Les created a new system for keeping track of cash and credit card expenses on our laptop, so we'll be able to reconcile online bank statements on the road. We confirmed that Pandora doesn't work outside of the U.S. (boo hoo), also that Netflix streaming works but the selections are more limited. When a new user ran into a problem with Les' MorseKOB program, other users around the country jumped in with suggestions; it gives Les confidence that support for the program will not depend solely on him during our long trip.

So, all in all, we've had a most enjoyable and successful week. Les says, "It's been the best vacation ever!" But, then again, he often says that. :-)

Sunday, March 8, 2015

Living on the boat

The lights of Seattle across Lake Union from our houseboat
We've been living on the boat two weeks now, and we absolutely love it! Les especially is euphoric. We relish the quiet and the coziness. I like watching the lights reflect on the water across the lake as I go to sleep, and seeing the lake come to life as I slowly wake up. And the marina community is friendlier than most neighborhoods we've ever lived in.

Of course there has been some adjusting to do. Mostly the difference is that everything takes more time. We've managed to find places for most of our "essentials", but often we need to move several other things in order to get to a desired object (e.g. a kitchen scale or a tofu press). To do laundry, we go to a laundromat a couple of miles away. (The nice part is that it's next to the Burke Gilman trail, so if the weather is conducive we can go for a walk during the wash cycle.)

We don't just pop something into the microwave. No, first we turn off the fridge, water heater, wall heater and some lights, so that the combined load won't trip the circuit breaker. Afterwards, we have to remember to turn back on the fridge and water heater. Despite our efforts, the power goes off several times a day anyway just from a combination of other lights and appliances. To avoid overloading the composting toilet, which is a low-usage model, Les goes up to the restaurant; a common refrain is, "Be back in a tuppence—I'm going to the outhouse." Drinking water is another issue. In the seven and a half years that we've owned the boat, we've always brought our water with us in jugs from home, because the water here comes in through a hose from the dock, and tastes strange. Now this is home, so we're working on finding a new method.

But, like I say, we love the boat despite these minor inconveniences. After the stress of the move, it's a pleasure to be back to my favorite pastimes: cooking, baking, pickleball, and my weekly walking group. The only thing missing is quilting—the sewing machine and supplies can't possibly fit in the boat—but fortunately I'm not missing it.

Les has gotten the phones switched over successfully. What used to be our landline number at the apartment is now the number for our new cell phone, a model that works in Europe and North America. We'll buy a prepaid SIM card for it when we arrive in Glasgow (with a UK phone number) and perhaps do the same in other countries as well.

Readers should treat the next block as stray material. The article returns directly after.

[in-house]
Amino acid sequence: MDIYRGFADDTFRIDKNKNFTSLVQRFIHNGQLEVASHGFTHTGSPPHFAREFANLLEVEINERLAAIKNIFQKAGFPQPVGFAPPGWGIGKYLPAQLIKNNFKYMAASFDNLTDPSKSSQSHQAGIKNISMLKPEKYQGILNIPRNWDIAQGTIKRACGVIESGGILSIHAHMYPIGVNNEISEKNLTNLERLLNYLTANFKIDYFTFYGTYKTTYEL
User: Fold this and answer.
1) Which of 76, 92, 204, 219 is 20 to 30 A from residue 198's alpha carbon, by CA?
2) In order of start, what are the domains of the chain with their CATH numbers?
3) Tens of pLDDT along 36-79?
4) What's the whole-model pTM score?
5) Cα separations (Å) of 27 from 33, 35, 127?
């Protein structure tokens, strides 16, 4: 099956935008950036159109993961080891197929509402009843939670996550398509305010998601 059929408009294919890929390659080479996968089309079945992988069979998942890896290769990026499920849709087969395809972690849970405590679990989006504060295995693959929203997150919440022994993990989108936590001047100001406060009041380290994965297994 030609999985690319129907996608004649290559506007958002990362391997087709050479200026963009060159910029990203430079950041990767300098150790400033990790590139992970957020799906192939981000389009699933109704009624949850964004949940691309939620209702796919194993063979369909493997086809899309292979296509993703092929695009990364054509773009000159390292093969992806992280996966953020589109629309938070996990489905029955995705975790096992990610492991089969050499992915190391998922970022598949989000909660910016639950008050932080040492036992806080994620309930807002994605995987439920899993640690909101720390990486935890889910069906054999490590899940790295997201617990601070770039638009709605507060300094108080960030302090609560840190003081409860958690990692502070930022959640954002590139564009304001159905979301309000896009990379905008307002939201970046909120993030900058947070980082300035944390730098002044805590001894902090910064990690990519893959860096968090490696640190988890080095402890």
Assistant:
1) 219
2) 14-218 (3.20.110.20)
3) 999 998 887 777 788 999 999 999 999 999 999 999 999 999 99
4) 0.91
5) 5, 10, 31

On another note, it looks like we won't make it to Egilsay Island, one of the Orkneys, in Scotland. Instead, we're going to take a steam train to two towns on the coast: Oban and Mallaig. The Mallaig run is famous as the "Harry Potter train", because that's what gets filmed for the train taking the children to Hogwarts. Through the Internet I found a booklet detailing every segment of the trips: the sights being passed, the history, etc. We hope to do some kayaking near Mallaig also.

Friday we finalized our registration for the big Esperanto conference in Lille. It's almost five months away, but already 2,000 people from 69 countries have signed up: among them several each from Mongolia, Nigeria, Nicaragua, Indonesia, Nepal, Senegal, 43 from China. We just nailed down our hotel, and chose four excursions out of the 20 offered during the week. We'll be spending a day at Boulogne-sur-Mer, which is historically important to Esperanto speakers because the first international conference was held there in 1905. Also a day at Arras, a key area during World War I. And a half day at a former coal mine, and a walking tour of Lille. We were somewhat reluctant to sign up for so many because we'll probably feel badly about missing certain talks or workshops or activities (we won't know the full program until we get there).

Today is my 70th birthday, which Les and I will celebrate at an expensive vegan (and local and organic) restaurant. (The only other time we were there was for my 65th birthday!) Tomorrow we leave on our first "practice trip". It's a 9-day car trip. The main destination is Quadra Island, off the east coast of Vancouver Island. We hope to do some kayaking on the way up, spend a few days on Quadra with friends who live there, and leave our kayak with them. On the way back we'll spend two days at CelticFest in Vancouver. We did that three years ago and really enjoyed the music and dancing and the St. Patrick's Day parade. Other destinations are Lummi Island (one of the few places in Washington state we've never been), La Conner, and Whidbey Island.

We still follow the outline of tasks that we made back in July, and everything is on track. Les says everything is so well planned that he feels like he's on autopilot. We never suddenly become aware of some aspect that we've overlooked relating to our life change. Just two months now until the big trip!